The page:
Students foster awareness of illnesses

first_imgBagels, hot coffee and educational brochures about neglected tropical diseases (NTDs) welcomed students filing into DeBartolo Hall on Monday morning. ND Fighting NTDs is raising awareness this week about diseases that plague undeveloped countries around the globe. Club president Emily Conron said these diseases do not receive enough attention because people are not educated about their severity. “When people watch the news, they hear about diseases like AIDS and malaria, not schistosomiasis, and so they think that NTDs are obscure,” Conron said. “Actually, NTDs affect more people than AIDS and malaria combined.” The most common NTDs include leprosy and trachoma, according to the World Health Organization. Approximately 1.4 billion people in developing countries suffer from these illnesses, which could easily be treated in a wealthier country like the United States. “All seven NTDs that we focus on can be treated with safe and effective drugs that already exist and which cost about 50 cents per person,” Conron said. Lymphatic filariasis, a parasitic disease that causes grotesque swelling of the limbs, has already infected more than 120 million people worldwide, Conron said. Treatment is limited in some of the areas that need it most. “The problem is getting these drugs to the people in need,” Conron said. The club’s work on campus is a reminder of the global mission to eliminate NTDs, Conron said, and Notre Dame students can advocate for change. “If the global community makes NTDs a priority, then there is no reason why we wouldn’t be able to eliminate them,” Conrod said. “NTDs are the equivalent of a best buy in global health.” ND Fighting NTDs is putting on a series of events and lectures this week to educate students about ways to fight NTDs. “Our goal is to try to get people talking about NTDs who might not have known or cared about them before,” Conron said. To raise awareness, Five Guys at Eddy Street Commons will donate 15 percent of Wednesday’s profits from 7 p.m. to 10 p.m. to NTD charities. Fundraisers around campus this week will include a dessert sale in the LaFortune Student Center on Thursday, a face-painting booth on Irish Green on Friday and a collection at all Masses on Sunday. “Donations are important, but outreach is key,” Conron said. “Contact your government representatives, advocate to pharmaceutical companies and spread the word however you can.” Conron said the club wants to engage the student body in new ways during NTD Awareness Week. “NTDs are an issue that we take very seriously,” Conron said, “But as college students, we recognize that in order for people our age to become fully invested in a cause, they need to be able to approach it in creative and unforeseen ways.”last_img read more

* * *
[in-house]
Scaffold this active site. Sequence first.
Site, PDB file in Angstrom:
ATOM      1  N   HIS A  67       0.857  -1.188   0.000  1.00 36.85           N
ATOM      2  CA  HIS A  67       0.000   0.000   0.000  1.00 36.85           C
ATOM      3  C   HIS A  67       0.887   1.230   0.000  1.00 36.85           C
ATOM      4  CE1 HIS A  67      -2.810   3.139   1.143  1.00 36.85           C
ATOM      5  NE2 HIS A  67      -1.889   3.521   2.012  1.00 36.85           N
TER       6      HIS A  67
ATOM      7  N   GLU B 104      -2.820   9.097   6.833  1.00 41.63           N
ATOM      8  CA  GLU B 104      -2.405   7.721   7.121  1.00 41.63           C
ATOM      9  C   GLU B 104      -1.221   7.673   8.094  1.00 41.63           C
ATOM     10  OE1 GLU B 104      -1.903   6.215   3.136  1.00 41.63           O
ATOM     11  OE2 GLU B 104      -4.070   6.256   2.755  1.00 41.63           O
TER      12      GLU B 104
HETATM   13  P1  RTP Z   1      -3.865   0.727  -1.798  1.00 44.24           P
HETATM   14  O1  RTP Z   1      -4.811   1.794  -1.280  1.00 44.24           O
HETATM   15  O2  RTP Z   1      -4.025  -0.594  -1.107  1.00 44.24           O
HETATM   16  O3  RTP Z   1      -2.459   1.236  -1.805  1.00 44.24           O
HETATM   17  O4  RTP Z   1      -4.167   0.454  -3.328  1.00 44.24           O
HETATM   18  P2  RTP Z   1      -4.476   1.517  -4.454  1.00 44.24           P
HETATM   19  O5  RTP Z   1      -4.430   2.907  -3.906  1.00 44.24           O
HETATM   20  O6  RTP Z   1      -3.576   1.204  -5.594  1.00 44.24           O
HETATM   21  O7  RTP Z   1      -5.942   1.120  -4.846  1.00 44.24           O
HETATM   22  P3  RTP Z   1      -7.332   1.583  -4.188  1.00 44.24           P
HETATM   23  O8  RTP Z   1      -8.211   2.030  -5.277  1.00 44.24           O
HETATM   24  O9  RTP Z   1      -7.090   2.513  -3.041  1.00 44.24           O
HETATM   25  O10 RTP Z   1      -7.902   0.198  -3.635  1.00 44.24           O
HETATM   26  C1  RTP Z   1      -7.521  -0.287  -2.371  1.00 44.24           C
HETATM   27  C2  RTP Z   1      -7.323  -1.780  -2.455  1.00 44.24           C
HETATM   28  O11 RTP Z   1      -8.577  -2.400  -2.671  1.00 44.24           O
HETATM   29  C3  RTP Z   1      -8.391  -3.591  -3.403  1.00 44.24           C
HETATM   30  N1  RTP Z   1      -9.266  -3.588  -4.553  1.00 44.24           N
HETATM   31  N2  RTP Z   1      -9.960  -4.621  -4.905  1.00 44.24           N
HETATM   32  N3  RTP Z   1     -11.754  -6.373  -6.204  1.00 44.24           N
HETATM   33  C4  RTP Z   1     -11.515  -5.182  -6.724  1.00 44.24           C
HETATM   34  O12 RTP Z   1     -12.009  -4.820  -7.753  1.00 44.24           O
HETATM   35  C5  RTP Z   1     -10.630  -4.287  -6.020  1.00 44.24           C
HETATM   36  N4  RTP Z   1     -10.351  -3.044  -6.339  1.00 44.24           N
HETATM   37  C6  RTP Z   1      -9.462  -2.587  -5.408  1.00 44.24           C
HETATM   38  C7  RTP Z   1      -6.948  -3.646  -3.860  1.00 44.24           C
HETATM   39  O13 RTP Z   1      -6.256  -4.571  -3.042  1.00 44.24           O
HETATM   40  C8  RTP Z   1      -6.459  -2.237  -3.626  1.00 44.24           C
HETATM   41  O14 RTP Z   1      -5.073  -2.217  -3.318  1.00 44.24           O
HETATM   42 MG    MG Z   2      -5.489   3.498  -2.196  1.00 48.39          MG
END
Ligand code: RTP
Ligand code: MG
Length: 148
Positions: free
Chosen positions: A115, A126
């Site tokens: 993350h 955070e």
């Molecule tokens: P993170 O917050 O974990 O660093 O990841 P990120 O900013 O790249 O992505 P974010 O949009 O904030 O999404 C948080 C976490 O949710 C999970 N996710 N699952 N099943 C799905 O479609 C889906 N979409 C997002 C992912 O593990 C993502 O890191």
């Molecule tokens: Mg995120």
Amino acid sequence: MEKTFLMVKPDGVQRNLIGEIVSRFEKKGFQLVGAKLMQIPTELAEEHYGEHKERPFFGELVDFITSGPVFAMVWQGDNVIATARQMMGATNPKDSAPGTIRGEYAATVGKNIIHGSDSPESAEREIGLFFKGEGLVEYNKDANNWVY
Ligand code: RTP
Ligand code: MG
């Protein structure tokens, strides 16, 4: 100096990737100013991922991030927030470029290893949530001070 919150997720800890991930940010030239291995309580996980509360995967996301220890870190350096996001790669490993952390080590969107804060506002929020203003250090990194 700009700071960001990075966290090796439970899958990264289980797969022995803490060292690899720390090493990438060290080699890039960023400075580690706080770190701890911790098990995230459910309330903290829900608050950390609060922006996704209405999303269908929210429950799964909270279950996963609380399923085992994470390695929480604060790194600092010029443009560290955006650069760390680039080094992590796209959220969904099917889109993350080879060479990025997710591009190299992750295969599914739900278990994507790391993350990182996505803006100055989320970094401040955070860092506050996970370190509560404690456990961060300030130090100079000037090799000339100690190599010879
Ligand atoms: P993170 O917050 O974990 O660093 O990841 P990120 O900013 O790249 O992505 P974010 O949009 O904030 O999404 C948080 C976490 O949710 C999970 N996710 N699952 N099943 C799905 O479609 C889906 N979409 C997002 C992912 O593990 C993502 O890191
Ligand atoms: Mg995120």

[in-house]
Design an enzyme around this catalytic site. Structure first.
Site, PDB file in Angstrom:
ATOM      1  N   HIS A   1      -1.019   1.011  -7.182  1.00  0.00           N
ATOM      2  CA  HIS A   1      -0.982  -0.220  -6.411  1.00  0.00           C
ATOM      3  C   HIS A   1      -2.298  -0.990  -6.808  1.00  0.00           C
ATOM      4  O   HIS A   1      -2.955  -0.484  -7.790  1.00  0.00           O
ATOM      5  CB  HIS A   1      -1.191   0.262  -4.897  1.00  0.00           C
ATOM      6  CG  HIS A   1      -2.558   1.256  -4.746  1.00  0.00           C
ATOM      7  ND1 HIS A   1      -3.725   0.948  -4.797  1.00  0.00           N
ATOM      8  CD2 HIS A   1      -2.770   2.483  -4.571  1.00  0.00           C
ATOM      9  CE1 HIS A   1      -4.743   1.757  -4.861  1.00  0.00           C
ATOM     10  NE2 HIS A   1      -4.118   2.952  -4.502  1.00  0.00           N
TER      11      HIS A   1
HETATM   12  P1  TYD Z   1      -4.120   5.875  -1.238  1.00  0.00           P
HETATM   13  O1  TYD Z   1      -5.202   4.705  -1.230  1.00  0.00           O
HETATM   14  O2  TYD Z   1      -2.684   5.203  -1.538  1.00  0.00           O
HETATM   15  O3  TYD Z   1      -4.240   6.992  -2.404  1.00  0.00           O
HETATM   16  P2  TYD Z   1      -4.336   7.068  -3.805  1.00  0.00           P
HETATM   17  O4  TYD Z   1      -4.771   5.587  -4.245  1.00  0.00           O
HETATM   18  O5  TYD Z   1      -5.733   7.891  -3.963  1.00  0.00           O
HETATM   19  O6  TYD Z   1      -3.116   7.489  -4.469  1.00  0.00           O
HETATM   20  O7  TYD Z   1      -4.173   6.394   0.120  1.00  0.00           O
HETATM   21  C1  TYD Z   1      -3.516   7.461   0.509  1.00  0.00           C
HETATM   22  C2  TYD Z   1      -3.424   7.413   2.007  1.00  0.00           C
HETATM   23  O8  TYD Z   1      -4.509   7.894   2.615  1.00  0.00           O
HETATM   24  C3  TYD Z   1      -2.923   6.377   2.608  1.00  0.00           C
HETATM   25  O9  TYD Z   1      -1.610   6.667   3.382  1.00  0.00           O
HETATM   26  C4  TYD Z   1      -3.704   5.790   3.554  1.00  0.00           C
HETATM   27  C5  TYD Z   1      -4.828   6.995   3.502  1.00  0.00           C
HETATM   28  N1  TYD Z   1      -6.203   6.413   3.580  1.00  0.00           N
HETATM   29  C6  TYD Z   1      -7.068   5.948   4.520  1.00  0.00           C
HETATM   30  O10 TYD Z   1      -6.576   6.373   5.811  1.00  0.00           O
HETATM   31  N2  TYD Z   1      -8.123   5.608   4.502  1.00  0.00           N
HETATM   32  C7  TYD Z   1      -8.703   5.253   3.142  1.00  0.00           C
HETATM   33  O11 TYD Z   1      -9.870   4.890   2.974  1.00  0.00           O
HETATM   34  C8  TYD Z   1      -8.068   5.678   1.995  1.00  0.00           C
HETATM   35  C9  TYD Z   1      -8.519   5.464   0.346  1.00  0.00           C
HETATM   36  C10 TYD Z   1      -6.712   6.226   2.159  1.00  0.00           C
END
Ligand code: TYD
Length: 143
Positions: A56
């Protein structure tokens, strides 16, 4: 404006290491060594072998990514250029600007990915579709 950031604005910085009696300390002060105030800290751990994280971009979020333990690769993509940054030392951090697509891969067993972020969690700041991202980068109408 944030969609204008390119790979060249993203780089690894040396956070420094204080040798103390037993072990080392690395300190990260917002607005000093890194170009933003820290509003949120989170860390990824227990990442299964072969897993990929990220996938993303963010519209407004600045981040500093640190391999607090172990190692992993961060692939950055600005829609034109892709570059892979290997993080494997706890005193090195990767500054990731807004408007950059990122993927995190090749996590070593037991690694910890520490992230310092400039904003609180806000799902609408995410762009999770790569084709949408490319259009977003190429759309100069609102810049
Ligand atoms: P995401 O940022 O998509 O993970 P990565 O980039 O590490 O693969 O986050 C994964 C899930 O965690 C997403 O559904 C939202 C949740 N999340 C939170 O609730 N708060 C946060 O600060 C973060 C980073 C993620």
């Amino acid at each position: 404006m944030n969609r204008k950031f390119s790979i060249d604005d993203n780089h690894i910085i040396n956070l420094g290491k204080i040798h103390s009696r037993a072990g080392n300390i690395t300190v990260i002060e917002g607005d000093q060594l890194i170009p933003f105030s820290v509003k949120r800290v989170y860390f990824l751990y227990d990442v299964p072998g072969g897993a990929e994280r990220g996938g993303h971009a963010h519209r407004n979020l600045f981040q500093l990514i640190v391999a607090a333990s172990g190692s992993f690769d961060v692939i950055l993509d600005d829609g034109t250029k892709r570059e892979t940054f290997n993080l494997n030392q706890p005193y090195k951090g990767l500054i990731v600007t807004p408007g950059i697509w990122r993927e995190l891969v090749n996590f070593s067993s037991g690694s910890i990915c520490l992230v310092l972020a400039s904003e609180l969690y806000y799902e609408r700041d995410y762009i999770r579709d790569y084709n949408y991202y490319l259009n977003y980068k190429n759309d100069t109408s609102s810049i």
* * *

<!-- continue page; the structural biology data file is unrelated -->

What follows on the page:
Schmidt: Injury won’t worry Ireland

first_img Munster duo Keith Earls and Donnacha Ryan enhanced their World Cup prospects with fine showings as both ended 29 months without Test rugby in a comfortable victory over Wales in Cardiff. Ireland start their Pool D World Cup campaign against Canada in Cardiff on September 19 and with Schmidt’s first serious squad cull on the cards, that tie inches ever more into overall consciousness. “I don’t think they’re ever completely out of the picture, because there can be injuries and there can be illnesses,” said Schmidt. “Selection gets harder and harder if guys keep putting their hands up, and that’s part of the selection conundrum that does make it a headache, but it’s the headache we want to be honest. “We don’t want something to be clear and obvious because someone hasn’t performed: we want to make decisions because two or three players have competed for the same spot.” Ireland’s stars will not be “spooked” by the hip injury that threatens to end Tommy O’Donnell’s World Cup chances, according to Joe Schmidt. Munster flanker O’Donnell required oxygen on the Millennium Stadium field after suffering a nasty blow in the closing stages of Ireland’s 35-21 World Cup warm-up win over Wales. The 28-year-old should learn his fate in the next few days, but his chances of finding fitness in time for the World Cup could be slim. Head coach Schmidt has not given up hope on O’Donnell, and insisted Ireland’s players will not fear injury across a month of warm-up clashes. “I don’t think any player gets distracted or spooked by injuries,” said Schmidt. “They know, they’ve been playing the game long enough. “I think if you’re spooked or distracted by something, then you’re more at risk, so I think they’ll just forge ahead.” Schmidt will cut his squad this week as the August 31 deadline to name his final World Cup 31 edges ever closer. Ireland face Scotland in Dublin on Saturday, by which time their training squad could be as many as seven men lighter. Ireland’s Kiwi boss anticipates several difficult conversations this week – but vowed that anyone omitted at this stage would not be completely in the cold. While it would be unlikely for anyone leaving the Ireland squad in the week to force their way back into the final World Cup squad, Schmidt is adamant that remains plausible. Press Associationlast_img read more